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It was a hallelujah moment for mental health advocates on the Central Coast: Finally, San Luis Obispo County supervisors unanimously approved a 91-bed psychiatric hospital in Templeton, over passionate objections from not-in-my-back-yarders.
And then ... crickets.
After almost four years, the project still hasn’t broken ground. Some doubt it ever will, though the couple who proposed the facility are optimistic.
In the meantime, the Central Coast, like much of California, is left with a critical shortage of mental health beds. No one in Sacramento or Washington, D.C., seems to have the political will to do anything about it — ironic, given that after every mass shooting, politicians preach about the need for better mental health care.
It’s largely been left to the health care industry to fill the gaps in our mental health system, especially for private psychiatric patients who don’t qualify for government aid. For the mot part, hospitals are focusing on providing ever more advanced care to patients with cancer, stroke, heart disease and other physical ailments.
Patients with serious mental illness are typically cared for in hospital emergency departments until they can be transferred to a facility that offers in-patient psychiatric care. Sometimes that can take weeks, according to Dr. David Ketelaar, an emergency room physician at Marian Regional Medical Center in Santa Maria.
The need for psychiatric beds for children and adolescents is especially acute. There are only 706 in all of California, and not one of those is in San Luis Obispo, Santa Barbara or Monterey counties — even though mood disorders is the No. 1 cause of hospitalizations in children and teenagers.
With no local beds available, they’re sent to Ventura, Bakersfield, San Jose, San Francisco.
“They go alone to facilities hundreds of miles away,” said Ketelaar.
Templeton mental hospital project
Bleak statistics like those are what helped convince county supervisors to approve a Templeton hospital with separate units for children, adolescents, adults and seniors — enough beds to serve San Luis Obispo County and other areas, as well.
The couple behind the project, former San Luis Obispo Mayor Melanie Billig and her husband, retired optometrist Harvey Billig, also want to build a separate, stand-alone memory care facility for dementia patients on their Templeton property.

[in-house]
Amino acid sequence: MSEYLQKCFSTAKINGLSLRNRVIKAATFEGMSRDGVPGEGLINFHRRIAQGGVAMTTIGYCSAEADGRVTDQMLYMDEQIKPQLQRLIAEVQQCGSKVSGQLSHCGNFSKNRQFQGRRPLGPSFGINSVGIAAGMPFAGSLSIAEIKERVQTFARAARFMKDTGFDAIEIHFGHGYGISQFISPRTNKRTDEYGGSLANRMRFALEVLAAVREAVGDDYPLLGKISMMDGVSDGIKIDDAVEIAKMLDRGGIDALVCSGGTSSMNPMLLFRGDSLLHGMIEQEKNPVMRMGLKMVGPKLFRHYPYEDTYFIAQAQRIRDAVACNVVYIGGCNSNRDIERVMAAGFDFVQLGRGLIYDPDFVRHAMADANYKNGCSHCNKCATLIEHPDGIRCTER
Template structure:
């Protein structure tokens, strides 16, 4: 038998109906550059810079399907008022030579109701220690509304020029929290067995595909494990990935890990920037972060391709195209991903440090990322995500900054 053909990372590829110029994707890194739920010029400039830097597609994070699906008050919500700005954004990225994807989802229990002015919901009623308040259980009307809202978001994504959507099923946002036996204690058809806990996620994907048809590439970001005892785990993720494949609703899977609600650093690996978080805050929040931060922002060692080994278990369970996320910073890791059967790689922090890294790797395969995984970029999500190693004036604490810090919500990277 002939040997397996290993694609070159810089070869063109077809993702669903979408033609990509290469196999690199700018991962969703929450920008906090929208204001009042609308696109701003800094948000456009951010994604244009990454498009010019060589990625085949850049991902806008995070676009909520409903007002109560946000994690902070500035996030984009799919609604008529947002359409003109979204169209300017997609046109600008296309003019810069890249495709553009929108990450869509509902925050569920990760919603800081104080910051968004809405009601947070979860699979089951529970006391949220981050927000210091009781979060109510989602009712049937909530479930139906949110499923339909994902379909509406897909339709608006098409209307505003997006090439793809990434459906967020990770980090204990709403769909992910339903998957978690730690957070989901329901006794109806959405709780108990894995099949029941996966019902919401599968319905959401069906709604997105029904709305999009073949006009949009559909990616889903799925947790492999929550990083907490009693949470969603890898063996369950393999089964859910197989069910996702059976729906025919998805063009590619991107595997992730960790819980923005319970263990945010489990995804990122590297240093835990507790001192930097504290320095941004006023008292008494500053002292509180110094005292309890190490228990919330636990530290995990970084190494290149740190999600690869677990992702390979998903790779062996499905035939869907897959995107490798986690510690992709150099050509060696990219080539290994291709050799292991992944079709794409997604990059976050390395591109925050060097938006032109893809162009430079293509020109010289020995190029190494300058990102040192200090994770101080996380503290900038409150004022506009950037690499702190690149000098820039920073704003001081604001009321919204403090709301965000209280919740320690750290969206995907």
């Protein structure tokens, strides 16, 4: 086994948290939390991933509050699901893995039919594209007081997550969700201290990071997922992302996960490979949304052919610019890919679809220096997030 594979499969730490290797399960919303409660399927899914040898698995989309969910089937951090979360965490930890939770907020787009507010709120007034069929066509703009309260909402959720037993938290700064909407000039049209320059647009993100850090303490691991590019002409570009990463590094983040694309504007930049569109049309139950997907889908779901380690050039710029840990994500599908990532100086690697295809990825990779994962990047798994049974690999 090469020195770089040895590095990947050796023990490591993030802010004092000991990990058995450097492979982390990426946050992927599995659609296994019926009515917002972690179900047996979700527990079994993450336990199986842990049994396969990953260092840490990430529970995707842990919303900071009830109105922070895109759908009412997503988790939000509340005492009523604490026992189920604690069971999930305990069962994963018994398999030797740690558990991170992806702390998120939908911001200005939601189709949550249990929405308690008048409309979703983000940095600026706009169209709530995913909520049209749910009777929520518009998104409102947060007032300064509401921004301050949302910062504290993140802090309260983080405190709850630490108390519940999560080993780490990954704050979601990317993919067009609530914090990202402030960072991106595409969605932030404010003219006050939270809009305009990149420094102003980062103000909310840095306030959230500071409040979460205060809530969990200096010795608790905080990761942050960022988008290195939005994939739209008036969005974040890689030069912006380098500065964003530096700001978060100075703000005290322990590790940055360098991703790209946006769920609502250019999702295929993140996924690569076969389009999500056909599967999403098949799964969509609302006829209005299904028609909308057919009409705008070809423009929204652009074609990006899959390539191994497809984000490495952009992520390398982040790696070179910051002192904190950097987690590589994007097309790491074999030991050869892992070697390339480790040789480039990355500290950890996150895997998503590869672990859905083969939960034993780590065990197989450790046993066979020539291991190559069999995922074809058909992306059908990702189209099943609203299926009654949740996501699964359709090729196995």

Harvey Billing told The Tribune that financial negotiations are ongoing, and he promised there will be an announcement as soon as there’s something solid to report.
As to what’s causing the holdup, he pointed to hurdles, including the need for a permit from OSHPD — the Office of Statewide Planning and Development. He also said the San Luis Obispo County Public Works has been slow in approving a lot split for the property.
“Here’s the skinny,” he said. “Public works is very, very slow. They’re reinventing the wheel.”
Yet the application for the lot split wasn’t even submitted until March of this year — three years after the project was approved by the Board of Supervisors.
Since then, there have been some back-and-forths over technical aspects of the project, such as plans for street lights, utilities and drainage, but according to interim Public Works Director John Diodati, that isn’t unusual.
“As you can imagine, it takes time for us to review, send a letter with requests, and then have the applicant respond,” he wrote in an email.
Nor is it unusual for years to pass between a development’s initial approval and completion.
But this isn’t a shopping center, residential subdivision or industrial park — it’s a facility that really could mean the difference between life and death for some patients.
As much as we support the Billigs’ project, Central Coast families need help today, not 10 years from now.
How many inpatient beds are needed?
The lack of psychiatric beds in SLO County stands in stark relief when compared to recommendations from the California Hospital Association, which suggests 50 beds for every 100,000 people.
With a population above 283,000 people, that means San Luis Obispo County should have 141 beds.
Instead, it has only 16, and those beds — located at the county-operated Psychiatric Health Facility — serve Medi-Cal patients, including those on involuntary holds because they’re a danger to themselves or others, as well as County Jail inmates in crisis.